I “live” in Photoshop all day long, but I often hear from customers, especially newbies, that they haven’t invested in photo-editing software, or they purchased it and don’t know how to use it. I hear this almost daily.
There are a many opinions about whether you need a photo-editing program like Photoshop, but typically those who say you don’t are people trying to sell you plugins for other programs.
For shops whose everyday bread and butter is simple, one-color jobs, you don’t need photo-editing software. Or, if you do a lot of hard-edge, vector graphics, you don’t need it. But the minute you get a low-quality JPG image, a photograph or anything more complex, then you need the software. And, if you want to build a full-color image with a variety of graphics from the web, Photoshop is the program of choice. You simply bring images onto a “layer” and start creating (as pictured). It’s much easier than you think.
Members of decorator Facebook groups sometimes suggest free photo-editing programs. But it’s better just to make the investment in higher-quality image software and learn how to use it by taking online courses or watching YouTube videos. The learning curve for the program is not as bad as you think it will be, since you’ll be using about 10% of its capabilities 90% of the time.
In my world of doing color separations every day, more than half of what I get are Photoshop files. I also get messages from customers who say, “My customer gave me this, but I can’t open it.” Or, when I send the color separations back, they say, “I can’t open your seps – I don’t have Photoshop.”
Other than the learning curve, the issue many decorators have is the idea of a “software as a service” model, which many developers are switching to. Instead of purchasing the software outright, you pay a monthly fee for access to a program and all of its upgrades. In the case of Photoshop, the fee gets you access to 20 other Adobe programs, plus lets you use the software on two computers. I don’t see the downside. When Adobe came out with the latest version of its Creative Cloud in October, I was able to download it and have it running in 20 minutes. The upgrade was free and there were a lot of new features and goodies.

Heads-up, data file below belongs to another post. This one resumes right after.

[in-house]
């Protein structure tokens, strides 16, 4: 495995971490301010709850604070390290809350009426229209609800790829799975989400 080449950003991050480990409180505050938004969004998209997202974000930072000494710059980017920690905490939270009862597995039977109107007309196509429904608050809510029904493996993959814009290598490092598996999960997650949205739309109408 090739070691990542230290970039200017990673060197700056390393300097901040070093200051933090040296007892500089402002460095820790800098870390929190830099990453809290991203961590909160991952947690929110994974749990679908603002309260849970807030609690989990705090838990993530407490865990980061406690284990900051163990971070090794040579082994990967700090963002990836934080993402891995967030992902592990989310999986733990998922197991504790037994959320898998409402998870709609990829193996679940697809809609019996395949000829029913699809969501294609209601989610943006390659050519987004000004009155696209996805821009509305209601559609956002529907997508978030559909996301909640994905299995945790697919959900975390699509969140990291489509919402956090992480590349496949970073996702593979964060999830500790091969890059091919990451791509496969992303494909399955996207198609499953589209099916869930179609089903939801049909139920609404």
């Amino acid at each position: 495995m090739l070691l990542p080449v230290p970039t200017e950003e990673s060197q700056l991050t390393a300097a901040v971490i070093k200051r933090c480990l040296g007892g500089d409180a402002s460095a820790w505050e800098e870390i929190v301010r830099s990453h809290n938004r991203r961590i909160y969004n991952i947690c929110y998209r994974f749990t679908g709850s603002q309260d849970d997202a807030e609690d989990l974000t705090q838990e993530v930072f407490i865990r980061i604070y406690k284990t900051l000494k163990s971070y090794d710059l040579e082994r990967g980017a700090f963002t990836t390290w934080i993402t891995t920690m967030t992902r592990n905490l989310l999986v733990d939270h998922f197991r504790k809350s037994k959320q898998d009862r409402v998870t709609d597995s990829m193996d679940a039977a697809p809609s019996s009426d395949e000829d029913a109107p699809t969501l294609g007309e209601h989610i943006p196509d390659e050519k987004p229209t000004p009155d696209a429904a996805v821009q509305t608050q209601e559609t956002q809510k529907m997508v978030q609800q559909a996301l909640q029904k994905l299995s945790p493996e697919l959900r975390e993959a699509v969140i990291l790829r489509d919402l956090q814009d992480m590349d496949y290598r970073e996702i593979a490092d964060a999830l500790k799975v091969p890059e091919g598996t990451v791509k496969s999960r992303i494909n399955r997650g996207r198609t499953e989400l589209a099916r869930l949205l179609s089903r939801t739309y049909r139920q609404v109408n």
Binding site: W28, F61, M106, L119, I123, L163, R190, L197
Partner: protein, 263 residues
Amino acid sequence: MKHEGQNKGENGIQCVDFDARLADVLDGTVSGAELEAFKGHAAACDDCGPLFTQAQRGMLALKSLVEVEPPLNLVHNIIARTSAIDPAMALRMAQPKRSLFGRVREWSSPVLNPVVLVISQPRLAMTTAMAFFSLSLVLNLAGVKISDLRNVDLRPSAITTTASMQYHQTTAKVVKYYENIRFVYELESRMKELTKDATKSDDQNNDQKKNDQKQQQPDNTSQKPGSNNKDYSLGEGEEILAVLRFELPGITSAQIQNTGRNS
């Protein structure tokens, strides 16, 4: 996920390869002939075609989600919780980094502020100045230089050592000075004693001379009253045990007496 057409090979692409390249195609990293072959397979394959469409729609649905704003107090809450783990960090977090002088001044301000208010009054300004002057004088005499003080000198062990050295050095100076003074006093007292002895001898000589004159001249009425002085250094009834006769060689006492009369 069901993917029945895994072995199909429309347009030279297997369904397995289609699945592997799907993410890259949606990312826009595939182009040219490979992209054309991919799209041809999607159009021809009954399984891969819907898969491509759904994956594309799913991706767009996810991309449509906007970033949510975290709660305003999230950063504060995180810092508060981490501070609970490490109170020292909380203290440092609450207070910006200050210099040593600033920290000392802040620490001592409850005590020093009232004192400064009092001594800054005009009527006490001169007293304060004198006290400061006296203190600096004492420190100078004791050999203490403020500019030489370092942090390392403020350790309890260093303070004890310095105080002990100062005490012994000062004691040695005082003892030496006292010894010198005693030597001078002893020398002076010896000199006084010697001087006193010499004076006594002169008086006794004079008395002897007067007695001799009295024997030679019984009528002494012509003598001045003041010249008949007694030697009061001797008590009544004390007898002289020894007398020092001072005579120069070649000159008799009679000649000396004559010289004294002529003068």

If you’re willing to pay thousands of dollars for a new printing press, $50 a month for industry-standard software should be a no-brainer.
Over the years, I’ve heard thousands of variations of the comment: “Thanks for forcing me to learn Photoshop.” You’re welcome.
Scott Fresener has been in the industry since 1970 and is the co-author of How To Print T-shirts For Fun And Profit. He created two automated separation programs, T-Seps and FastFilms, and is considered a pioneer in the direct-to-garment printing segment. Fresener is the director of T-Biz Network and is a popular speaker at trade shows. Fresener is also past Chairman of the Academy of Screen Printing Technology and was on the Board of Directors of SGIA. He runs the website www.T-BizNetwork.com. Reach him at firstname.lastname@example.org.